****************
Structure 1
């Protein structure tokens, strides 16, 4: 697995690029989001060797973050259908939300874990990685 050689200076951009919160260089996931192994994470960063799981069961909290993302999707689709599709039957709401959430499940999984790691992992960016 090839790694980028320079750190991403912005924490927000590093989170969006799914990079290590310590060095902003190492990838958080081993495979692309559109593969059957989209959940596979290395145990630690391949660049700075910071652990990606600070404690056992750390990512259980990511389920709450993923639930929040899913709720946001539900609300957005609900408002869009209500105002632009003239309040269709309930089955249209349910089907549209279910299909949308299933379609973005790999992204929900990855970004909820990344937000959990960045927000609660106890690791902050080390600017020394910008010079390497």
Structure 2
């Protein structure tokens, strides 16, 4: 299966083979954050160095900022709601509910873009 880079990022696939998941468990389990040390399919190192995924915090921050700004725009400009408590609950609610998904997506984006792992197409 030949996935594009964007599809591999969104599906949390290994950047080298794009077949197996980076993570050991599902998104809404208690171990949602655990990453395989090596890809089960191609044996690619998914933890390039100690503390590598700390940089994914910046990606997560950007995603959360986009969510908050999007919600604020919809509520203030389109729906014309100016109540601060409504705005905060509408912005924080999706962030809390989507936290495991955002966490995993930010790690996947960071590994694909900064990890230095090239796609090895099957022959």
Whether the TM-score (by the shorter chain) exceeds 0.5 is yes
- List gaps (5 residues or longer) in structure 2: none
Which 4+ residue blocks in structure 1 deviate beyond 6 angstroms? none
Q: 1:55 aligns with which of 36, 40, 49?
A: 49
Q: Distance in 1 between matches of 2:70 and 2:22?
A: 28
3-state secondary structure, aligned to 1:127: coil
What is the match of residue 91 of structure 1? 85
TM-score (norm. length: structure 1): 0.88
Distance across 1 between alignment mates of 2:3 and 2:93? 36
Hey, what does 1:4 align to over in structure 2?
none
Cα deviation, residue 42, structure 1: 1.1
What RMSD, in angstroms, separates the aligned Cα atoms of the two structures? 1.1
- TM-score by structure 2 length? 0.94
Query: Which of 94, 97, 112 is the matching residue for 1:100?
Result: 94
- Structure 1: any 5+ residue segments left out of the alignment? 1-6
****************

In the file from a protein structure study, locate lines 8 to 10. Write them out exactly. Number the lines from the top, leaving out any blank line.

Q: 1:55 aligns with which of 36, 40, 49?
A: 49
Q: Distance in 1 between matches of 2:70 and 2:22?